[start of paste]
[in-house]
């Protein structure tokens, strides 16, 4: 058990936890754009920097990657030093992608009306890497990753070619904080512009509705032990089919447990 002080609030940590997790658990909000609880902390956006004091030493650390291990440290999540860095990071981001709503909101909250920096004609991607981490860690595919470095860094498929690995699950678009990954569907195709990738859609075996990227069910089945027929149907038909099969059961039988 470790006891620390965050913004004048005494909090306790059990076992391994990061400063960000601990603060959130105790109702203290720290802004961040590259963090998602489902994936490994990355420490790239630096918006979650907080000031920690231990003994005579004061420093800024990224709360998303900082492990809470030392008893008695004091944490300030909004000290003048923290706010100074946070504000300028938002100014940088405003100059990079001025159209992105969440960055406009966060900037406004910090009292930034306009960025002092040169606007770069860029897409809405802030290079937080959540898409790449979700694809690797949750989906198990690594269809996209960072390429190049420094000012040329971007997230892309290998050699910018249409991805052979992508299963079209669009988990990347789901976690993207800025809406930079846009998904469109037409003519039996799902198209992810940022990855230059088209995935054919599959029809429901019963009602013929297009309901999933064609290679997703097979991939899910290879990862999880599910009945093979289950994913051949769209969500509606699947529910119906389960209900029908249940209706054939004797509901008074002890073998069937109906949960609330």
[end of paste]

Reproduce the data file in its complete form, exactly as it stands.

[in-house]
């Protein structure tokens, strides 16, 4: 058990936890754009920097990657030093992608009306890497990753070619904080512009509705032990089919447990 002080609030940590997790658990909000609880902390956006004091030493650390291990440290999540860095990071981001709503909101909250920096004609991607981490860690595919470095860094498929690995699950678009990954569907195709990738859609075996990227069910089945027929149907038909099969059961039988 470790006891620390965050913004004048005494909090306790059990076992391994990061400063960000601990603060959130105790109702203290720290802004961040590259963090998602489902994936490994990355420490790239630096918006979650907080000031920690231990003994005579004061420093800024990224709360998303900082492990809470030392008893008695004091944490300030909004000290003048923290706010100074946070504000300028938002100014940088405003100059990079001025159209992105969440960055406009966060900037406004910090009292930034306009960025002092040169606007770069860029897409809405802030290079937080959540898409790449979700694809690797949750989906198990690594269809996209960072390429190049420094000012040329971007997230892309290998050699910018249409991805052979992508299963079209669009988990990347789901976690993207800025809406930079846009998904469109037409003519039996799902198209992810940022990855230059088209995935054919599959029809429901019963009602013929297009309901999933064609290679997703097979991939899910290879990862999880599910009945093979289950994913051949769209969500509606699947529910119906389960209900029908249940209706054939004797509901008074002890073998069937109906949960609330």